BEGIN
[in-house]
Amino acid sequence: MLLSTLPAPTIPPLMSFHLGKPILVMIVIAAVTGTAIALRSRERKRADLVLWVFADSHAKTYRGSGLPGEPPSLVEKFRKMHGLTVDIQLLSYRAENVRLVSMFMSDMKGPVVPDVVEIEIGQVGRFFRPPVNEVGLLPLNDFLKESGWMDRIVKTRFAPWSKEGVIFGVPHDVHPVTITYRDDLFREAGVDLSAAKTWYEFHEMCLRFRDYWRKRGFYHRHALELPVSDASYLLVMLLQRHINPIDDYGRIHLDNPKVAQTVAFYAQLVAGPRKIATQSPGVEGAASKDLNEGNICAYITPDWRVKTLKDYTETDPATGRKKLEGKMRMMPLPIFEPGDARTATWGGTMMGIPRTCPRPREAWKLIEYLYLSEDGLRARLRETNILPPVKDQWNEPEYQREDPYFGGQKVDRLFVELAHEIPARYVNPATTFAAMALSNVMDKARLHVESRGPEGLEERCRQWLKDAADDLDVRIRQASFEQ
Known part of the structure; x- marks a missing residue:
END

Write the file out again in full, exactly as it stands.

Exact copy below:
[in-house]
Amino acid sequence: MLLSTLPAPTIPPLMSFHLGKPILVMIVIAAVTGTAIALRSRERKRADLVLWVFADSHAKTYRGSGLPGEPPSLVEKFRKMHGLTVDIQLLSYRAENVRLVSMFMSDMKGPVVPDVVEIEIGQVGRFFRPPVNEVGLLPLNDFLKESGWMDRIVKTRFAPWSKEGVIFGVPHDVHPVTITYRDDLFREAGVDLSAAKTWYEFHEMCLRFRDYWRKRGFYHRHALELPVSDASYLLVMLLQRHINPIDDYGRIHLDNPKVAQTVAFYAQLVAGPRKIATQSPGVEGAASKDLNEGNICAYITPDWRVKTLKDYTETDPATGRKKLEGKMRMMPLPIFEPGDARTATWGGTMMGIPRTCPRPREAWKLIEYLYLSEDGLRARLRETNILPPVKDQWNEPEYQREDPYFGGQKVDRLFVELAHEIPARYVNPATTFAAMALSNVMDKARLHVESRGPEGLEERCRQWLKDAADDLDVRIRQASFEQ
Known part of the structure; x- marks a missing residue: